New York Photo Review
Volume 4 Issue 21 May 14 to 20, 2013

The Genetic Wars by Barbara Confino

Looking Down On Us
Natan Dvir
Coming Soon
Ed Barnas

Photo by Natan Dvir . Source:
Natan Dvir, "Yorkers by a Juicy Couture billboard on 5th Avenue. " 2008.
We have become accustomed to advertising billboards covering the facades of buildings undergoing renovation, particularly in upscale shopping areas. Their designs range from simple graphic trademarks against a solid color (e.g., Dolce & Gabana) to restrained black and white photos to busy color imagery overlaid with text. Whatever the design, the scale is huge and dwarfs the mere humans who pass by these monumental advertisements. When Israeli-born Natan Dvir moved to New York, he was surprised by this massive commercial advertising overshadowing passing pedestrians oblivious to this background.

The graphics are strong in these ads and best appreciated by stepping back across the street. When Dvir did this, he began to notice interesting juxtapositions and implied sight lines between the giants on the walls and the tiny figures below. On the left of one frame a towering Zara model (sad faced but in black, of course) with a hot-dog vendor below her feet; both look directly at a woman in the lower right, who is oblivious to them. A fashionably unshaven young man in a designer suit glances diagonally at a portly fellow in a tee-shirt, the foreground filled with orange traffic barriers. A colorful quartet of young models in Juicy Couture looks down at the mass of very casually dressed tourists below.

Photo by Natan Dvir . Source:
Natan Dvir, "Thor Equities, A woman and two girls next to a Thor Equities billboard on 5th Avenue. " 2012.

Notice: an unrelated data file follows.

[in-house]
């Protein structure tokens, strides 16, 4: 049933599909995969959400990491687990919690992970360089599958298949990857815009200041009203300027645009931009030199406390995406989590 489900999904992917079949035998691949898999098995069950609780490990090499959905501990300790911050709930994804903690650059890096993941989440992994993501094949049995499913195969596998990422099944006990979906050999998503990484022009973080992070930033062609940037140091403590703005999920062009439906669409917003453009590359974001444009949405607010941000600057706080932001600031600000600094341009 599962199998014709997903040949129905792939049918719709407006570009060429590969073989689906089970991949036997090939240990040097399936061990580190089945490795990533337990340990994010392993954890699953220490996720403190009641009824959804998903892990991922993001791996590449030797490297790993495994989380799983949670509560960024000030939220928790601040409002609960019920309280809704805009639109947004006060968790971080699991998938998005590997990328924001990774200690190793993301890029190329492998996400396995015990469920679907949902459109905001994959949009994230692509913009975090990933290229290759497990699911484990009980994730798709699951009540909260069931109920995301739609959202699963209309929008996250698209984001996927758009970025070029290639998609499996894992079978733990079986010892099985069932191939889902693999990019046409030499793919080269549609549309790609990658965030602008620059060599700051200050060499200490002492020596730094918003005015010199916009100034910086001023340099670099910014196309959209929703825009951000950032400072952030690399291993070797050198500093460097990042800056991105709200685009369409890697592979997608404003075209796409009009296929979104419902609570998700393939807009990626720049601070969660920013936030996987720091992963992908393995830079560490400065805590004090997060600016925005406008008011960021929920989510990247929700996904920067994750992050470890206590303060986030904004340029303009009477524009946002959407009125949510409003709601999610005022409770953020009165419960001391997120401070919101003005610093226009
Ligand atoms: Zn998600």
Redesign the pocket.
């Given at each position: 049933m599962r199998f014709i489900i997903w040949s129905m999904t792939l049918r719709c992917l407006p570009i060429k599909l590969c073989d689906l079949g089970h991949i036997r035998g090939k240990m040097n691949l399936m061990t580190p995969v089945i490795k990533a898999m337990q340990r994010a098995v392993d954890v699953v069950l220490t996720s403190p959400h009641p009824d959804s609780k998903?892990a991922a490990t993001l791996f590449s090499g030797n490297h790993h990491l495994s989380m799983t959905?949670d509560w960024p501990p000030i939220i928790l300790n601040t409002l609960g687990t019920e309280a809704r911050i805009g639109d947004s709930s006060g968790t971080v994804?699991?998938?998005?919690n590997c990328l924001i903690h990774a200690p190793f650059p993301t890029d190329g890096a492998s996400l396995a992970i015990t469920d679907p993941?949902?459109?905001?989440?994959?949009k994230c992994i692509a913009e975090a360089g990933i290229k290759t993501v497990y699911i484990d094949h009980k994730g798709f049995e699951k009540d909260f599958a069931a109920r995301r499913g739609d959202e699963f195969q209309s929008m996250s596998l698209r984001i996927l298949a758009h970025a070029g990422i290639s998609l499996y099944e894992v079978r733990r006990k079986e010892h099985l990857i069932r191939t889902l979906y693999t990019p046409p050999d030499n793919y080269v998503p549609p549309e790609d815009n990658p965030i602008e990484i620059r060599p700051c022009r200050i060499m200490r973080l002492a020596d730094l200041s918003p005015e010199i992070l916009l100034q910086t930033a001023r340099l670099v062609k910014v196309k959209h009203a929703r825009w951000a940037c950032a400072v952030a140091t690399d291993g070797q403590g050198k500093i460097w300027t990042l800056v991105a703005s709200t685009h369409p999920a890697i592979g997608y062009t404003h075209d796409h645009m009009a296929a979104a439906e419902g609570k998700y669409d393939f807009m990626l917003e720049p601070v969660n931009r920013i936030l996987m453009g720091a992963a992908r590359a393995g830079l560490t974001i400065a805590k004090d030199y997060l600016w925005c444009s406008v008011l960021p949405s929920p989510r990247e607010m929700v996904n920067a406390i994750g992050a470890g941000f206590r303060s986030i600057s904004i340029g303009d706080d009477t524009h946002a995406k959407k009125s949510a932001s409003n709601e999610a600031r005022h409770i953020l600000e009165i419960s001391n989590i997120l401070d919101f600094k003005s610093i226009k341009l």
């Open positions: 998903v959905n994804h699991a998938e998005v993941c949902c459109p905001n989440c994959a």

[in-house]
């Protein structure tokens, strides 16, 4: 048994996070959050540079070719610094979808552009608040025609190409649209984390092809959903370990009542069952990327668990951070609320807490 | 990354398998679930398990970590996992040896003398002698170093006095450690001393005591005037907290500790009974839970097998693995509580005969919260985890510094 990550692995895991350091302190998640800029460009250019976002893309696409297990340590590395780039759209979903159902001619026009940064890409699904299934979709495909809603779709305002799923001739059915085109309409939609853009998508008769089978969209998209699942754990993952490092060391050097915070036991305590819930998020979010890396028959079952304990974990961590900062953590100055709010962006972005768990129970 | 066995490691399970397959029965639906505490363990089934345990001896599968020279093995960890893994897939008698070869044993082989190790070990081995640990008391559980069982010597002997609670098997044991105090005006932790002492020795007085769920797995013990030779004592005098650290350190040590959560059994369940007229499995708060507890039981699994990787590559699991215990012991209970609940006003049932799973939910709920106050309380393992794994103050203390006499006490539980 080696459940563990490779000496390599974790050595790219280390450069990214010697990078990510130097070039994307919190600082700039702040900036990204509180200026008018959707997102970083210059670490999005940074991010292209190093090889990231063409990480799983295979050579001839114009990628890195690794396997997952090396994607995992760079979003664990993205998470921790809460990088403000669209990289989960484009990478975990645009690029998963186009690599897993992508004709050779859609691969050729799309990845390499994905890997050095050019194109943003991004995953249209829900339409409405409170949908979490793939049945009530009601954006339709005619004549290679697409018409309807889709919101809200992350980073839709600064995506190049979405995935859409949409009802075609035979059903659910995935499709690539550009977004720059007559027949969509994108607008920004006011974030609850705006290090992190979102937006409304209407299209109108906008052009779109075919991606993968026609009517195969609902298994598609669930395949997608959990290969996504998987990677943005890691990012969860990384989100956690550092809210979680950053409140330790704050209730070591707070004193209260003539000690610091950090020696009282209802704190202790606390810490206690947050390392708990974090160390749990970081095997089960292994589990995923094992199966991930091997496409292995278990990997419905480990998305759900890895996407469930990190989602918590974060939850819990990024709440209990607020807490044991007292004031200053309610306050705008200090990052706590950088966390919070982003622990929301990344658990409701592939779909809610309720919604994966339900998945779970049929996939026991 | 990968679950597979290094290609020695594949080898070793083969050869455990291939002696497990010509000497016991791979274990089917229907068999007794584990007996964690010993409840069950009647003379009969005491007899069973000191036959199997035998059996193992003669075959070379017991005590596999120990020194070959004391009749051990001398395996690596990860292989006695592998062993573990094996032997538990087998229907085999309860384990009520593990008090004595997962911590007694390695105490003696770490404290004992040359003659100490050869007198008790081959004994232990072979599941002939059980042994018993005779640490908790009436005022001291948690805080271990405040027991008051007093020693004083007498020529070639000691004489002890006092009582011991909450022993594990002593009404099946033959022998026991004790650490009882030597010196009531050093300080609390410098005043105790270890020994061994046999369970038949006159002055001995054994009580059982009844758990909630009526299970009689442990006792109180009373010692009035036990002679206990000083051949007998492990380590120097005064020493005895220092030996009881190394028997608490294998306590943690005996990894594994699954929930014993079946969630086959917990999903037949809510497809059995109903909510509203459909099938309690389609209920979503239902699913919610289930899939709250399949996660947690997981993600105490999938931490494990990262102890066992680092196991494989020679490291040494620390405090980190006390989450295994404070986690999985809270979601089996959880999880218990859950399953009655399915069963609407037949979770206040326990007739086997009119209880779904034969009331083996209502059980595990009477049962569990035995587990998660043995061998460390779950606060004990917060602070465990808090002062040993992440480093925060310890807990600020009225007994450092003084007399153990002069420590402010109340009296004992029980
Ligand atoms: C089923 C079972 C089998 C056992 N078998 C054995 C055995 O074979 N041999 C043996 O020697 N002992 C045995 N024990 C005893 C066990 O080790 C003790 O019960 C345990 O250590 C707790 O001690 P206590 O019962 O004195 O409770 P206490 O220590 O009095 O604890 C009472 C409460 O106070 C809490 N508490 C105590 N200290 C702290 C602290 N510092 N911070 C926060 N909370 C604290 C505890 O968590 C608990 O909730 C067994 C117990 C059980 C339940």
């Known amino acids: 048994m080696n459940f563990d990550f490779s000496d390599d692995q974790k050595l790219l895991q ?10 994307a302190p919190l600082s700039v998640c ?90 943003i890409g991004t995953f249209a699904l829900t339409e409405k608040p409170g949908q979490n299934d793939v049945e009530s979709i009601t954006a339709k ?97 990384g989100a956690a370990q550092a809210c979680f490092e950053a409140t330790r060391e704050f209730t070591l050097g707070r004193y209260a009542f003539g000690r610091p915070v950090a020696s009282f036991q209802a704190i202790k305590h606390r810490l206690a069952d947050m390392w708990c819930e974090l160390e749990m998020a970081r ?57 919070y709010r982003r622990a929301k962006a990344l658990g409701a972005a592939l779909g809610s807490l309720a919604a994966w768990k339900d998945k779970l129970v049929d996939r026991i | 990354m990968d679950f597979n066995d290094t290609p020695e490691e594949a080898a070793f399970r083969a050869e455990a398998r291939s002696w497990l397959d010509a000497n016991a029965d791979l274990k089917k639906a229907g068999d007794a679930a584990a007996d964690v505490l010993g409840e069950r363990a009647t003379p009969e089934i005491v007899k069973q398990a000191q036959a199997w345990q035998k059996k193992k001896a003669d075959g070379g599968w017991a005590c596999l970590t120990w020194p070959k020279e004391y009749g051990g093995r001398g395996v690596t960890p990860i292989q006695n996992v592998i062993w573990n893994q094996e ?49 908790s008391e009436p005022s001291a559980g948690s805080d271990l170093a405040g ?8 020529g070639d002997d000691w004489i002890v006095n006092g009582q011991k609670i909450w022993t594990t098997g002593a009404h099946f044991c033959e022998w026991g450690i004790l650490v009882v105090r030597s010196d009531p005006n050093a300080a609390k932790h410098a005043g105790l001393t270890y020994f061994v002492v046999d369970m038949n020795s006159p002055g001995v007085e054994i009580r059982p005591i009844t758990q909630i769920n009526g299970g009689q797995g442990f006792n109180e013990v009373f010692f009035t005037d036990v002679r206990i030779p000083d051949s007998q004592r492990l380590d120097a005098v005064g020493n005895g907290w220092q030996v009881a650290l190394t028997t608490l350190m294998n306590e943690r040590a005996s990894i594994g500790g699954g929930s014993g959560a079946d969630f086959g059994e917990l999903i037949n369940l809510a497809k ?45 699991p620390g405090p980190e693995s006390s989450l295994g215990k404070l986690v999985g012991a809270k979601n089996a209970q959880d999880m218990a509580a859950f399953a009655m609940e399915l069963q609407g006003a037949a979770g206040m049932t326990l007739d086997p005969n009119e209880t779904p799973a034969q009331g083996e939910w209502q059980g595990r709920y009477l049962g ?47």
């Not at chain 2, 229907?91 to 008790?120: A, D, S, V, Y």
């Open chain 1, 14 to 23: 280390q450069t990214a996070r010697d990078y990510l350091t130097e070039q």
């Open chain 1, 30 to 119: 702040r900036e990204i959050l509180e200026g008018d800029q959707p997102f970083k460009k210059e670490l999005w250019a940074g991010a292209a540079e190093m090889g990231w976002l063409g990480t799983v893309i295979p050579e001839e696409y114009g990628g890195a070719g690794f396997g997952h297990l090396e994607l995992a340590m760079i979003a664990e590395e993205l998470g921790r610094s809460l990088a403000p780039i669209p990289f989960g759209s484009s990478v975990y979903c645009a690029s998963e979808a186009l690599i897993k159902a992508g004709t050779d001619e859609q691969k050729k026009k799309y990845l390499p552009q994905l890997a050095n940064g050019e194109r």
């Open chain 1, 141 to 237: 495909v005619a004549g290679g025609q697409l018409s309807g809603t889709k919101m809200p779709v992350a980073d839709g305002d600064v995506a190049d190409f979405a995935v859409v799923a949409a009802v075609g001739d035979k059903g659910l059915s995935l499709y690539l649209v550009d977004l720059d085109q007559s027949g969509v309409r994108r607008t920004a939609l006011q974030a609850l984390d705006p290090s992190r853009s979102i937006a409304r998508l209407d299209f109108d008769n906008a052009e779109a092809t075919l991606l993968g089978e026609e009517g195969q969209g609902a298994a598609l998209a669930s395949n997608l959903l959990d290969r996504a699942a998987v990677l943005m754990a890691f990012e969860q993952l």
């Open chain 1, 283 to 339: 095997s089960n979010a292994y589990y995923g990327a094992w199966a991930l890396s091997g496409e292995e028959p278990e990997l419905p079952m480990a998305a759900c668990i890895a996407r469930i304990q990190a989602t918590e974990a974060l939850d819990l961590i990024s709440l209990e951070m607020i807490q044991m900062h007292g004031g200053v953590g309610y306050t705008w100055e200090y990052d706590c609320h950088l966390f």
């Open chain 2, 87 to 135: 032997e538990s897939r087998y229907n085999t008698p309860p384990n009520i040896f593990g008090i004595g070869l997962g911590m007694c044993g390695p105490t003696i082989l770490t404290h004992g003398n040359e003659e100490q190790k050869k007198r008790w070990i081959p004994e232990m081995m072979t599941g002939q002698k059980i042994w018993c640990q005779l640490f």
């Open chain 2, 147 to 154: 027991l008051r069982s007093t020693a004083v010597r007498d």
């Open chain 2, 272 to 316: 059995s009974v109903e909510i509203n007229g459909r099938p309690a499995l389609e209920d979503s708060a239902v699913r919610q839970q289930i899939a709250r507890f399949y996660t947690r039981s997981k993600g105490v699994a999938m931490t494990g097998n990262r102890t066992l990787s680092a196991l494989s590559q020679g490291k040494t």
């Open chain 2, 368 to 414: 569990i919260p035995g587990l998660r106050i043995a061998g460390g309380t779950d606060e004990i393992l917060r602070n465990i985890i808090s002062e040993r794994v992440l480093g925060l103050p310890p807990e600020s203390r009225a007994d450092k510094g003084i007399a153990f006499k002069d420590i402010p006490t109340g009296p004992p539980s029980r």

Essential to properly interpreting the relatively small “real” people in the scene, these colorful chromogenic images are printed large – nine are 36 x 50, one is 48 x 68. In a tone reminiscent of Eliot Erwitt’s work, the overall feeling of these images is light and playful. The viewer is invited to note the contrasts and puzzle out the implied sightless between subjects.

And yet, the contrast of the good life pictured on the walls with the pedestrian masses below does create a subtext of social criticism. Sometimes it is done visually, as in the image of a street vendor sitting huddled in a parka below a tropical Tommy Bahama ad full of palm trees; other times it is more textual as in the You know you want it” real estate ad.

Aside from the ten images on the walls, there is a portfolio with more of Dvir’s work on the center table. In addition to more images from the “Coming soon” series (some of which bring to mind color field studies), there is selection of photojournalistic images of Jews, Muslims and Christians in Israel, focusing on the human face of the many issues involved.

Natan Dvir
Coming Soon

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